CARACAS, , (Pakistan Point News - APP - 11th Nov, 2016 ) - Venezuela's political rivals prepared to sit down at the negotiating table Friday to resume fraught Vatican-backed talks on the country's volatile crisis. The day could determine whether the sides maintain their fragile dialogue or whether antagonism and instability resurge in a country stricken by food shortages. Mass street protests erupted after authorities last month blocked the opposition's bid to hold a referendum on removing Socialist President Nicolas Maduro from office.
The sides declared a "truce" at a first meeting 11 days ago and agreed to resume talks on Friday. The outlook appears combative. Opposition MUD coalition leader Jesus Torrealba warned his side would seek early elections if Maduro keeps refusing a referendum, as he has vowed. "The MUD is seeking an electoral solution to this crisis through the negotiating table," Torrealba said. "Venezuela is a pressure cooker. The recall vote was an escape valve, and the government sealed it up.
" - Economic crisis - =================== Under the truce, the opposition suspended protests and its moves to hold a political trial against Maduro. But the sides continued exchanging insults and refused to back down from their clashing demands. Under constitutional rules, the opposition must secure a referendum before January 10 if it wants to remove Maduro. Otherwise he or his allies will keep power until 2019. Venezuela is rich in oil but short of food.
An economic crisis sparked by falling crude prices has led to shortages of basic supplies and soaring inflation. The opposition blames Maduro's economic management. He calls the crisis a capitalist conspiracy. "I am not obsessed with being a presidential candidate nor with being reelected," Maduro said on Thursday. "Fixing the economy is my obsession." - Risk of unrest - ================== Analysts say there is a risk of violent unrest.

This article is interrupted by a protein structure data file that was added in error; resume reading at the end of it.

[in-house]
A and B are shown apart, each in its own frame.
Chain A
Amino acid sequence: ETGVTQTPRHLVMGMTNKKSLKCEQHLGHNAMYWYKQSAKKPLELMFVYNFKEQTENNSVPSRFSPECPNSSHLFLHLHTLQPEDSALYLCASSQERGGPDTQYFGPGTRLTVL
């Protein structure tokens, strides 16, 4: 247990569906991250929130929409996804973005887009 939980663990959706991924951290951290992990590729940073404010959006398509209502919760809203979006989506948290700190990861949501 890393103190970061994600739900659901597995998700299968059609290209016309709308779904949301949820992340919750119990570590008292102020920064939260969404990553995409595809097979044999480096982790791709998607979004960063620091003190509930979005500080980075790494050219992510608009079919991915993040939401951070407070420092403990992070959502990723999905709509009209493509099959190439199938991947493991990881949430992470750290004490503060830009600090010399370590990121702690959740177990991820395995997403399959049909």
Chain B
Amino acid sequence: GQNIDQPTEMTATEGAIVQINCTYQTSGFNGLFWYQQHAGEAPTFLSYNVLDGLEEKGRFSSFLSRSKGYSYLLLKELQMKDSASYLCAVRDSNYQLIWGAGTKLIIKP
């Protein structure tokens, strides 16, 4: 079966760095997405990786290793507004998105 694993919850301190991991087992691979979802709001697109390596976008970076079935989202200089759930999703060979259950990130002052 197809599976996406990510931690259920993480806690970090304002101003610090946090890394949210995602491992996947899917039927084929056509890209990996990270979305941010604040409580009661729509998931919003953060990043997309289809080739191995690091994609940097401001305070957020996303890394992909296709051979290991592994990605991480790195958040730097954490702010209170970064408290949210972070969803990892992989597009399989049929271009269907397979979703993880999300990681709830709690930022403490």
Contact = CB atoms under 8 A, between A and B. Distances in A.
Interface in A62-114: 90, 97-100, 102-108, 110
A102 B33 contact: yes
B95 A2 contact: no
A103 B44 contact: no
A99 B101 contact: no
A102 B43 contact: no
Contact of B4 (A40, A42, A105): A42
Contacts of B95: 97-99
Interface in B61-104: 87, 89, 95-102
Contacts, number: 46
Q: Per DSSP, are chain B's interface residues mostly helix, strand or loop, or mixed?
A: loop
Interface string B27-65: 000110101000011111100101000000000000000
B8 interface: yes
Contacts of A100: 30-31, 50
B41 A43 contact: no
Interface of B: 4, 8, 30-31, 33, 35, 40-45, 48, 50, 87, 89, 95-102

Clashes at anti-government riots in 2014 left 43 people dead. Maduro has a high disapproval rating, according to recent opinion polls. "The likelihood that the government in negotiations will accept a referendum or early elections is practically zero," said analyst Luis Vicente Leon. "Maduro is absolutely certain that would mean handing them his head." But the president appears to have his hands on the levers of power. He has the public backing of the military high command and control of most state institutions.
The Supreme Court on Friday issued the latest in a series of rulings in Maduro's favor in the dispute. It rejected an appeal against it decision to annul the referendum process. - Trump factor - ================ Donald Trump's victory in the US presidential election meanwhile adds tension and uncertainty to the situation, analysts say. Venezuela's foreign ministry said Maduro had told US Secretary of State John Kerry on the phone that he hoped for "positive work" with Trump.
But Maduro has had testy relations even with the more moderate current US leader Barack Obama. Maduro accuses Washington of plotting his overthrow. Obama's administration had nevertheless boosted contact with Venezuelan authorities in a bid to ease the crisis. But Obama only has two months left in office. "Trump's aggressive and threatening discourse will be the perfect excuse to strengthen the theory about Venezuela's external enemies," Leon said.
- Patience - ============ The government scheduled a news conference at 2200 GMT on Friday. Mediators at the talks include Vatican envoy Claudio Maria Celli and Spain's former prime minister Jose Luis Rodriguez Zapatero. "We are just beginning. We must be very patient," Zapatero told reporters in Caracas. "We need a spirit of respect and coexistence. Dialogue is not only a means for reaching agreement -- it is an end in itself."